"It's in this light that I think Kerry missed key points in the debate. Trust is created from credibility. And it is credibility Kerry needs to attack. This is an administration that plays fast and loose with the truth. I can't remember a more consistent stream of little stories in the press (why they're little is another blog) about highly credible bi-partisan sources rejecting highly suspect policies: Iraq, the economy, the sciences and the environment.

"It is clear to me Kerry is *trying* to attack credibility. Yet, he has had trouble. He still gets caught in trial lawyer mode. Worrying only about the people in the local jury. Sometimes forgetting he’s packaging a product for the people on the other side of the infomercial. He’s on the defensive - reacting to questions two or three back - wasting time that can be used to go on the offensive and embarrass the feeble statistics and figures Bush just quoted while they're on people’s mind.

"Take the environment question. Staunch Republicans admit this administration's record is awful. Cheney cited Reagan in saying the environment (and deficit for that matter) is inconsequential in getting votes. It is a clearly neglected area of the Republican platform. There are mountains of scientific data and studies showing the horrible environment decisions this administration has made. Yet, when the question was asked Bush, on the surface, made very compelling points about his environmental record. Gosh, he waxed poetic about being a steward of the land, or some such nonsense. Kerry's response was to take the first 45 seconds of the rebuttal to talk about another question. Bush won the point.

"While the environment may not be a swing issue for voters it was a perfect opportunity to attack credibility. Credibility attacks are cumulative. By throwing into doubt the half truths and sound bites Bush is parroting about the environment everything else is suspect. This was a no-brainer, Kerry should have had a mountain of data to attack Bush's environment record, should have known the few weak anecdotes Bush could cite, and used the opportunity to renounce Bush’s credibility, back dropped against the environment, a topic people can understand. These kinds of specific invalidations; the ability to make someone appear disingenuous, is what the American people can relate to. The nuances of the Kyoto treaty, while probably much more important and germane to the issue, are too complex and not effective in this forum.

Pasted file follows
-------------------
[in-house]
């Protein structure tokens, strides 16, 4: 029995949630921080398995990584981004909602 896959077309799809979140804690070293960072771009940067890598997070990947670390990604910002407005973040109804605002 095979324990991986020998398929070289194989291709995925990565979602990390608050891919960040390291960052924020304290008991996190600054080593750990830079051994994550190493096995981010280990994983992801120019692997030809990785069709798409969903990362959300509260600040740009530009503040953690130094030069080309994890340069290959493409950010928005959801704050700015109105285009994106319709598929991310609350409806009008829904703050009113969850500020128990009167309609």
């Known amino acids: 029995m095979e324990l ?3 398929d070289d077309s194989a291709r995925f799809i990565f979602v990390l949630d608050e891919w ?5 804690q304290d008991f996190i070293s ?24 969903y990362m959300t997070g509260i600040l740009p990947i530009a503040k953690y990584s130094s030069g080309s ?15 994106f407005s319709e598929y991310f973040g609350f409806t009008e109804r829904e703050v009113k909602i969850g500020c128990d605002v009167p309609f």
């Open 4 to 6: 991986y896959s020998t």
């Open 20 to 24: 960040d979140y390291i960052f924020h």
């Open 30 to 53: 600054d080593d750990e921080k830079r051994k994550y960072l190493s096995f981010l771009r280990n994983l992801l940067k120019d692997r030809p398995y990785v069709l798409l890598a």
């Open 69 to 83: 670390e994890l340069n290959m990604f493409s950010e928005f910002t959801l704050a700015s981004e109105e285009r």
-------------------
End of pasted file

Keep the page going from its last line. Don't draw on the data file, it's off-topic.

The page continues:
"I get the sense this administration knows how to play the game better, and they do it without conscience. It’s a results oriented, utilitarian culture. They don't mind the Halliburton style practices within the campaign or the administration or within this country or Iraq for that matter, because it's a cultural fit. Granted, the Democrats are no altar boys either, but it seems they don't play the game as well, which is strangely admirable. Perhaps it’s because the left faction of the party is fundamentally less accommodating to these practices than the right faction of the Republicans. Although, lately the Democrats seem to have compartmentalized the idealistic party members with an influx of new blood into the campaign, but one wonders if it was too late.

"The original Democratic theme of making the campaign about ideas and taking the high road was idealistic. Welcome, admirable, but a losing strategy in courting swing voters, particularly when competing with a sitting President. Ties go to the incumbent. Just like being the newbie in the boardroom or the salesman trying to unseat an already installed product, the burden of proof is on the Democrats. Kerry has got to shake Bush's credibility in clear, simple, tenable ways. Otherwise, as the incumbent, people are likely to take what Bush says, and his ideas, verbatim because they don’t know whether they can trust Kerry’s, even if they understand them."

Thanks NoTrust. As a Northern Democrat, I always say that the Bushies don't really care what they do to the Constitution, so long as they win. A Southern Republican might say that there is more to the United States than the Constitution, and even if there wasn't the Constitution is stronger than I think it is. Those people better be right.